Is BPI Trying To Setup Google For Copyright Infringement Lawsuit?
from the here-comes-the-battle dept
However, there were some interesting tidbits in this particular takedown notice that suggest that this is a setup for a larger plan by BPI -- a plan it may regret. First, it seems a bit odd that BPI has randomly selected 30 or so songs to take down, from a wide variety of songs that it technically represents. Second, beyond just giving Google the details of the files and links to the files, it also lists out the "infringing webpage(s)" as:
http://hotfile.com/To expedite DMCA claims, Google specifically requests sufficient information "to permit Google to notify the owner/administrator of the allegedly infringing webpage or other content (email address is preferred)." But BPI does not do that. It only lists out the above webpages.
My guess is that this is trying to set up Google, so that Google is officially "on notice" that these nine sites host infringing content, and while Google will almost certainly take down the links to the specific files listed, it's quite likely that similar files will quickly be found elsewhere on those sites -- and BPI may then try to claim that Google should automatically know how to block those other files. Part of the DMCA safe harbors is that you need to remove content if you have "specific knowledge" of the content. This is at the center of the Google-Viacom lawsuit. Google claims it needs to know the specific files that are infringing, while Viacom claims that once Google knows that "content x on YouTube" is infringing, it should be required to find and block all such content x's, even if Viacom has not informed Google where they are.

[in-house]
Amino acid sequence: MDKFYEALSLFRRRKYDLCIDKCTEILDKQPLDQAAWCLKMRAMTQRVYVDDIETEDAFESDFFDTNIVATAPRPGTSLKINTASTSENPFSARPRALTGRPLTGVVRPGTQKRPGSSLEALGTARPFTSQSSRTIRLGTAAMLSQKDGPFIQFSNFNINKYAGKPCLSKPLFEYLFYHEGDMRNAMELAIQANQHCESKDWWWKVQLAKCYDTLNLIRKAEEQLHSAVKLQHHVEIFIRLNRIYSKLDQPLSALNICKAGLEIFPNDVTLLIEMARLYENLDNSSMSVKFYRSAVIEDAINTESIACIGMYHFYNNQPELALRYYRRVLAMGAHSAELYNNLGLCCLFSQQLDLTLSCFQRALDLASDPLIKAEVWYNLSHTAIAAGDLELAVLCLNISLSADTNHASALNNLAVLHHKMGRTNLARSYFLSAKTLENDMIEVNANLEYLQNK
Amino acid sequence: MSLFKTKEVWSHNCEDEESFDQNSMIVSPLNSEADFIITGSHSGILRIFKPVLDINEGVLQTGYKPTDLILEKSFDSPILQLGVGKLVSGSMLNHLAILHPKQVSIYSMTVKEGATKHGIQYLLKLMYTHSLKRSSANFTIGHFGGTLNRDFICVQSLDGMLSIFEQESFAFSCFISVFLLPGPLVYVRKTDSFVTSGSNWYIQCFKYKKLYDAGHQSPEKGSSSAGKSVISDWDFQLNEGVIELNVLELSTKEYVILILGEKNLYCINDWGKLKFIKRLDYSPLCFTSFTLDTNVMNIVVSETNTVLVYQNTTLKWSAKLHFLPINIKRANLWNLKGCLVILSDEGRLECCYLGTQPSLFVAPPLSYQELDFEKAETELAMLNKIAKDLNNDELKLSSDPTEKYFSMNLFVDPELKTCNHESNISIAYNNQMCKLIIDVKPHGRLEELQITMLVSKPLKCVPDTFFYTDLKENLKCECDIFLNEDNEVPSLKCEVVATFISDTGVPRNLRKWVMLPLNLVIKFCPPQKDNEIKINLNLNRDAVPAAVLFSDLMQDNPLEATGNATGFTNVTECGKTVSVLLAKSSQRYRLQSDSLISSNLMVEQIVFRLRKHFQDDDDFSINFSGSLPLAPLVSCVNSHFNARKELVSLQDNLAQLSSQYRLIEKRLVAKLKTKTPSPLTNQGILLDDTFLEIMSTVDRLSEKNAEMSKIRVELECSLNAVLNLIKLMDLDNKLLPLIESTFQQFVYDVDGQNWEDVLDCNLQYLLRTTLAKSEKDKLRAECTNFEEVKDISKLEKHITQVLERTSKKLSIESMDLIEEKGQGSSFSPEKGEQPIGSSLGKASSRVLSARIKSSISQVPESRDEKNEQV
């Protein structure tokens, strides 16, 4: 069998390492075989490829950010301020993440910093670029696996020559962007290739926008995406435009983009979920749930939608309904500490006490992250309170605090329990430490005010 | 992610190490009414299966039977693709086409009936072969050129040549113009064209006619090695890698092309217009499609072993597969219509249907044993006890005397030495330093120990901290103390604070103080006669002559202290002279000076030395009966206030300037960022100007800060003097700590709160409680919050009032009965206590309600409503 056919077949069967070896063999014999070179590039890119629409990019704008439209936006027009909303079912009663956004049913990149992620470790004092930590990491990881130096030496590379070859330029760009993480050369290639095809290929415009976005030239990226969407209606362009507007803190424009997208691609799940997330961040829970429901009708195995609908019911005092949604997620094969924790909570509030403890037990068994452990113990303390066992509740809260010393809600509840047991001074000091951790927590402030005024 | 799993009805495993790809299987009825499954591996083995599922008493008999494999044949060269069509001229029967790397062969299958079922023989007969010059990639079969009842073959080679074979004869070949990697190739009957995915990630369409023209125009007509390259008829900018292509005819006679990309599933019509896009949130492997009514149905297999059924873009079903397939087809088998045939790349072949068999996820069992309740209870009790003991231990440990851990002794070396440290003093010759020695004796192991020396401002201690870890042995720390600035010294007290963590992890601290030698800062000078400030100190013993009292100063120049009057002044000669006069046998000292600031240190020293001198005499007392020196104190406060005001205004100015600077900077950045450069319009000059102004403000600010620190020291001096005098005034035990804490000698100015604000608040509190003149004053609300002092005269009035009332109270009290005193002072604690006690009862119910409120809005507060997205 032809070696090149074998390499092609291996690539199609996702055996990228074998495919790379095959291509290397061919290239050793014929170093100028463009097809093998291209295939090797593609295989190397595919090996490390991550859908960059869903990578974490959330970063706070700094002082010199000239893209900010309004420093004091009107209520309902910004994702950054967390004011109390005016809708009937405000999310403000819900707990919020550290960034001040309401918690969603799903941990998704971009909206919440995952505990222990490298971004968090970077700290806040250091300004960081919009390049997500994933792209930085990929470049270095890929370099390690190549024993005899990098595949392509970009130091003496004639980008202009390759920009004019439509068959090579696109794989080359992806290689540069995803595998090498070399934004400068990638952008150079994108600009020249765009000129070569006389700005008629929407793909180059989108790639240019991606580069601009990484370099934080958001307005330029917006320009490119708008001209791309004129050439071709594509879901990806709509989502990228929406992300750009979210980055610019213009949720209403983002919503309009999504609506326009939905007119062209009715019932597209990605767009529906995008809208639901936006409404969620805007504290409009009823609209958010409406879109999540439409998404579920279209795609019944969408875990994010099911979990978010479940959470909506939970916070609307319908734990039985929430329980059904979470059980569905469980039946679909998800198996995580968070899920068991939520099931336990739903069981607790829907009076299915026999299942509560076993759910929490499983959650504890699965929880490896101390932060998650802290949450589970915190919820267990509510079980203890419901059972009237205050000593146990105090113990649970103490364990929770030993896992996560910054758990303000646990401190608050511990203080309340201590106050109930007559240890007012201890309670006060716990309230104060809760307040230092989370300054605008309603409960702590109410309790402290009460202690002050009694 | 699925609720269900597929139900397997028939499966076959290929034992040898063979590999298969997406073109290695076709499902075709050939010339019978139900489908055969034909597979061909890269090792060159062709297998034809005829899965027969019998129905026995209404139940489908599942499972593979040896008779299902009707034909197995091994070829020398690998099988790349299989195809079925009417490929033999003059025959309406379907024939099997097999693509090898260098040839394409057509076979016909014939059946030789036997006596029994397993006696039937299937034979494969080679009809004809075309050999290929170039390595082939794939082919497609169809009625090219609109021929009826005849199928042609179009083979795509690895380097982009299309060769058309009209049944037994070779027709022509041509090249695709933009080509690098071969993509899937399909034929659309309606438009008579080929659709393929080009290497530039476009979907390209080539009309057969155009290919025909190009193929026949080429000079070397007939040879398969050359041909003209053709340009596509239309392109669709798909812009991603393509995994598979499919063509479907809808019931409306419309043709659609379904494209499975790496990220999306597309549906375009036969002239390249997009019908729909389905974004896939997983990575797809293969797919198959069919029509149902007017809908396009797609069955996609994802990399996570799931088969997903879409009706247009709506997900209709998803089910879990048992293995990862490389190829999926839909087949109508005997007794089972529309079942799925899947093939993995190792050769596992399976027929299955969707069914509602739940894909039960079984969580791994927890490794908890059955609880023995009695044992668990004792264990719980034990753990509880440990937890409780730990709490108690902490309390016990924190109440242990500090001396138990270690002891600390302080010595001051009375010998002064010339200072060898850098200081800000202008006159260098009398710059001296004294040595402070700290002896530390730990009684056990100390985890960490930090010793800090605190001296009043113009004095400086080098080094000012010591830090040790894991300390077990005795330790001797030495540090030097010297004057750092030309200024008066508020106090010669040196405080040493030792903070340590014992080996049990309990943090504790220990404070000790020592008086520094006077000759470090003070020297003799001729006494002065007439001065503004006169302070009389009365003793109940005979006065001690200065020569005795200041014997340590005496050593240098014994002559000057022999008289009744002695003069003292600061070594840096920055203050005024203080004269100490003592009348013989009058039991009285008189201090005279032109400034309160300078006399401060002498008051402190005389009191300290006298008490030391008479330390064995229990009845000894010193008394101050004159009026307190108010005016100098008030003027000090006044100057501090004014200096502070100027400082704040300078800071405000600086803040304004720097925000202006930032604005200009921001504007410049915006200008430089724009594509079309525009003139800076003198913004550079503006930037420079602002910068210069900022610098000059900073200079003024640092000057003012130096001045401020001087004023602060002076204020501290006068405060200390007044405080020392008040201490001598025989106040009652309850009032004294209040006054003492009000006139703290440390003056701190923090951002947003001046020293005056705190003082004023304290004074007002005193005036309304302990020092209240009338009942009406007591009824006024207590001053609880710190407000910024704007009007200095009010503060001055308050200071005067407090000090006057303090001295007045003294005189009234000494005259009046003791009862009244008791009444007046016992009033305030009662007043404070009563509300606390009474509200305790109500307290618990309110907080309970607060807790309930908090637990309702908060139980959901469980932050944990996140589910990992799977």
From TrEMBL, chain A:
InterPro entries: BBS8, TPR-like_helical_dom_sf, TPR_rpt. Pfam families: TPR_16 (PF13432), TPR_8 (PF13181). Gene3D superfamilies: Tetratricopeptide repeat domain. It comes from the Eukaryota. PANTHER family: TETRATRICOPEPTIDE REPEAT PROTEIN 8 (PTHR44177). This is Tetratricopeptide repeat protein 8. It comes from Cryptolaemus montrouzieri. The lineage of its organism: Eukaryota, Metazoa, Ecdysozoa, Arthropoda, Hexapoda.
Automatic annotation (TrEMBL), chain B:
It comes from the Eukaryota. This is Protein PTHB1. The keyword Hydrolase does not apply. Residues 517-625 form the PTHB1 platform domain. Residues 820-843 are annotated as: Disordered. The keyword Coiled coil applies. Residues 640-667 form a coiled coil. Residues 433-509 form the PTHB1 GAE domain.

While the final decision in that case is still a ways off, for now, it looks like BPI is setting itself up to sue Google for lots of money as well, if Viacom gets away with its argument. And, you can bet that others will be lining up to do so as well. If anything, this suggests the massive legal problem that will result if Viacom wins its lawsuits. Suddenly, lots of content holders will be looking to "cash in" by suing YouTube for not tracking down each and every last version of any particular content.
Hopefully, the courts recognize (similar to what was recently found in the Perfect 10/Rapidshare case) that when a site gives clear tools to let you remove specific infringing content, making a general claim does not fly.
Along those lines, however, it is worth noting that Google recently dropped a lawsuit against record label, Blues Destiny, in which it sought a declaratory judgment that just linking to content is not infringing. Google withdrew after Blues Destiny promised it wasn't going to sue Google for infringement, but it might have been better to get that legal precedent in place.
Either way, sooner or later, it looks like we're going to get another legal showdown over whether or not it's legal for Google to just link to infringing material. When that case goes forward, it could be a defining moment in whether or not search engines, themselves, are actually legal. If BPI does sue -- and loses -- it could also open up some legal room for content specific search engines that aren't deemed infringing as well.